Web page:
Politics

This Is ‘The One Person Senator Sanders Listens To Above Everybody Else’

(Photo by Spencer Platt/Getty Images)

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Mary Margaret Olohan Social Issues Reporter

2020 Democratic presidential candidate Sen. Bernie Sanders leans heavily on one specific person for advice and help with his campaign: his wife, Jane Sanders.

Jane Sanders’s assistance with her husband’s campaign has become more noticeable since Bernie Sanders was hospitalized and had stents inserted into an artery, the New York Times reports. Sander’s wife is the one who announced her husband’s medical update to the media. She also said that it was her decision to wait until Bernie Sanders was released from the hospital to let the media know that he had suffered a heart attack.

When Sanders announced that he would have to slow the intensity of his campaign, it was also his wife who said that his closest advisers, “especially me,” had urged him to take the campaign more slowly.

“Where Jane goes, Bernie goes,” said high-ranking campaign aide Michael Ceraso, according to the Times. “She is his engine.”

PHILADELPHIA, PA - JULY 26: Sen. Bernie Sanders kisses his wife Jane O'Meara Sanders after the Vermont delegation cast their votes during roll call on the second day of the Democratic National Convention at the Wells Fargo Center, July 26, 2016 in Philadelphia, Pennsylvania. Democratic presidential candidate Hillary Clinton received the number of votes needed to secure the party's nomination. An estimated 50,000 people are expected in Philadelphia, including hundreds of protesters and members of the media. The four-day Democratic National Convention kicked off July 25. (Photo by Chip Somodevilla/Getty Images)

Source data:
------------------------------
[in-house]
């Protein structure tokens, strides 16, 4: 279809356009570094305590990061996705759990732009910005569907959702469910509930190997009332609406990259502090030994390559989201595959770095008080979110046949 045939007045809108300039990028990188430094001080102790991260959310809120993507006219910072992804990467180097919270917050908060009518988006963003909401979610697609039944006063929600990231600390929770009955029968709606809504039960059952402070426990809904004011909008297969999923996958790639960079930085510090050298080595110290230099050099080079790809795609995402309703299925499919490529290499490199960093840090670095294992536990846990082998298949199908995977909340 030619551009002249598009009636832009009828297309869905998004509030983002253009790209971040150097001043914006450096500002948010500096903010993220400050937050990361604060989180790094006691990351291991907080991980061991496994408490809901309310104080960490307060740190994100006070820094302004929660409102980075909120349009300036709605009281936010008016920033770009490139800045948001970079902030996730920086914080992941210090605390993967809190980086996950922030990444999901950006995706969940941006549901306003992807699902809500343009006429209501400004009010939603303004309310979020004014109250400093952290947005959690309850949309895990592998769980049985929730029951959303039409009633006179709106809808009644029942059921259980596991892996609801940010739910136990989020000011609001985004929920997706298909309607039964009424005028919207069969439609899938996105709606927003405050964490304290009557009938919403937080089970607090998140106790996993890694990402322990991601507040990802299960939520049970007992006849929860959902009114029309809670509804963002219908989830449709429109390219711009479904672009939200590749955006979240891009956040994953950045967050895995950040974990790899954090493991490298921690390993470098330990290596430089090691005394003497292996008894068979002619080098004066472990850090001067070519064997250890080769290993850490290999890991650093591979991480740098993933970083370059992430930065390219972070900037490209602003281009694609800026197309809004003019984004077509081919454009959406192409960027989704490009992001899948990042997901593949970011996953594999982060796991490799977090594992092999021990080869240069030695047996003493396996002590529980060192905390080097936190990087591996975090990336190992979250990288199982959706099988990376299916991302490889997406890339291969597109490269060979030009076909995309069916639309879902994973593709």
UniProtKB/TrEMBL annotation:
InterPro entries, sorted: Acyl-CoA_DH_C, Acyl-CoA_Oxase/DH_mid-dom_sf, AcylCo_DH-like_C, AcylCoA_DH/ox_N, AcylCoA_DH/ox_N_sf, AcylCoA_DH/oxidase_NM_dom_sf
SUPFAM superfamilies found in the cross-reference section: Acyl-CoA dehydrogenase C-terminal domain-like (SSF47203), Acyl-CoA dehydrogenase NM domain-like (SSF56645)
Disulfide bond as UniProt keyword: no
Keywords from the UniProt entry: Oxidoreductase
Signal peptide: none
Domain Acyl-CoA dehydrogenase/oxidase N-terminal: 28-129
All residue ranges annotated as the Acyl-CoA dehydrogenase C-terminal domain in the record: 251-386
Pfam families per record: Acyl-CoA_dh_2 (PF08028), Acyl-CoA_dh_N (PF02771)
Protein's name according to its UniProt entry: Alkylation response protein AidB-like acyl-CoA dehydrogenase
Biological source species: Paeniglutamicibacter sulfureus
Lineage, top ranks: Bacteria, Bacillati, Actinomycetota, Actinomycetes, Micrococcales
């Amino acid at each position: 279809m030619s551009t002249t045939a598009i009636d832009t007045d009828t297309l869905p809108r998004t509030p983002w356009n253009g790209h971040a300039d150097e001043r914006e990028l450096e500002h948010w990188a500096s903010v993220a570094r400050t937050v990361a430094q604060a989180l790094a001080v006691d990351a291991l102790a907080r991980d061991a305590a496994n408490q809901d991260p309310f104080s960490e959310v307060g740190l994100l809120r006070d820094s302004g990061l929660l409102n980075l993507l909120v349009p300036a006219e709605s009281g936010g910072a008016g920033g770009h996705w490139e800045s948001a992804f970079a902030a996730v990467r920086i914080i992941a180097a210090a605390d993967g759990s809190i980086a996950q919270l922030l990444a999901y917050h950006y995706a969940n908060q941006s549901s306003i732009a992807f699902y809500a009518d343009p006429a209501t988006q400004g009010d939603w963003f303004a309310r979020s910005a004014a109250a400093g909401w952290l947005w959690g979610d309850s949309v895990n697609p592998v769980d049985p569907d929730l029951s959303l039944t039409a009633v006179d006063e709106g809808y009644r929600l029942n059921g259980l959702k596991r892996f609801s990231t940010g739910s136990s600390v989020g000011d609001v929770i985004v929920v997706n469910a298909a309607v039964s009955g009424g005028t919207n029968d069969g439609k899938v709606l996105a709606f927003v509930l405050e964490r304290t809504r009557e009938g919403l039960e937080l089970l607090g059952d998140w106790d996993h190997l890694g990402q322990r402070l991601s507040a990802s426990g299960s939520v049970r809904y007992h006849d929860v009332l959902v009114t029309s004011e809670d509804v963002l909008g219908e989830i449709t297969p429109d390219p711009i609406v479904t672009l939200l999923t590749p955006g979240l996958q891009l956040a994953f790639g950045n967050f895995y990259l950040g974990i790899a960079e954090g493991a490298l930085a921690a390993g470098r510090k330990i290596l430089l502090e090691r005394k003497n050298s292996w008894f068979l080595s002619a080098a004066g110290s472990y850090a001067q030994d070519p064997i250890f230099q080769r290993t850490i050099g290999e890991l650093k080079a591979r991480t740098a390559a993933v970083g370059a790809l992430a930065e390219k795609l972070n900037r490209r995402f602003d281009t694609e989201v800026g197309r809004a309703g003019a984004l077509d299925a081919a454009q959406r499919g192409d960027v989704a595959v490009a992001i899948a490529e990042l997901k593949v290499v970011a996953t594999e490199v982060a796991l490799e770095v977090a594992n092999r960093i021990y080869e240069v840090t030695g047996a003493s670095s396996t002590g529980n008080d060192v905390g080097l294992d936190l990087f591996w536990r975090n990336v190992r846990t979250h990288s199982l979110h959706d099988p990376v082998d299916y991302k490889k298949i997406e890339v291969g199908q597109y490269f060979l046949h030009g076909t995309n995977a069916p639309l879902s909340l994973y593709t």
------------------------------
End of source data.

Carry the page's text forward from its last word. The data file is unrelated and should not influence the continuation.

PHILADELPHIA, PA – JULY 26: Sen. Bernie Sanders kisses his wife Jane O’Meara Sanders after the Vermont delegation cast their votes during roll call on the second day of the Democratic National Convention at the Wells Fargo Center, July 26, 2016 in Philadelphia, Pennsylvania. (Photo by Chip Somodevilla/Getty Images)

Jane Sanders has said that it would be “egotistical” for her to call herself Sander’s top adviser, but she allowed that she is “very much a close adviser.”

“We share a life, and his life is of public service,” she said in an interview with the Times. “So I need to be part of that in order to have a wonderful marriage. It’s necessary for us to work together because he works a lot.”

Jane Sanders told the Times that news of her husband’s heart attack came during another crisis in the family — the death of their daughter-in-law Rainè Riggs.

“I heard it on Thursday,” she said, referring to news of Bernie Sander’s heart attack. “But frankly, I wasn’t thinking about the campaign.”

Bernie Sander’s advisers have also spoken out about his wife’s important role in advising the 2020 presidential candidate. (RELATED: Talk To Kids About Socialism Or Someone Else Will, Rachel Campos-Duffy Warns)

“He’ll often say, ‘Let’s talk to Jane,’” said Democratic California Rep. Ro Khanna, one of Sander’s national campaign co-chairs.

“She’s the one person Senator Sanders listens to above everybody else — by an order of magnitude,” Khanna added. “There’s no one whose political judgment he trusts more.”

Others who have worked with Bernie Sanders say that getting his wife’s approval is the best way to get him to sign off on something, the Times reports. Jane Sanders has also been credited with humanizing Sanders during the 2016 presidential election by inviting reporters into their home and showing them wedding photos, the publication reports.

This extraordinary influence stems from strong commitment to her ideals and a great love for her husband, close friends say, according to the Times.

“It’s a critical relationship for both of them,” said Jim Rader, friend to the Sanders and the officiant of their wedding. “I think she’s just been a very crucial part of obviously his personal life, but also his professional life.”

And Jane Sanders is not about to tell her husband to drop out any time soon.

“That’s been his entire life — fighting for the average working people in this country, and this is not the time to stop when it feels like things can really change,” she told the Times.

“If it was more serious,” she added, “I’m sure we would have thought about it.”

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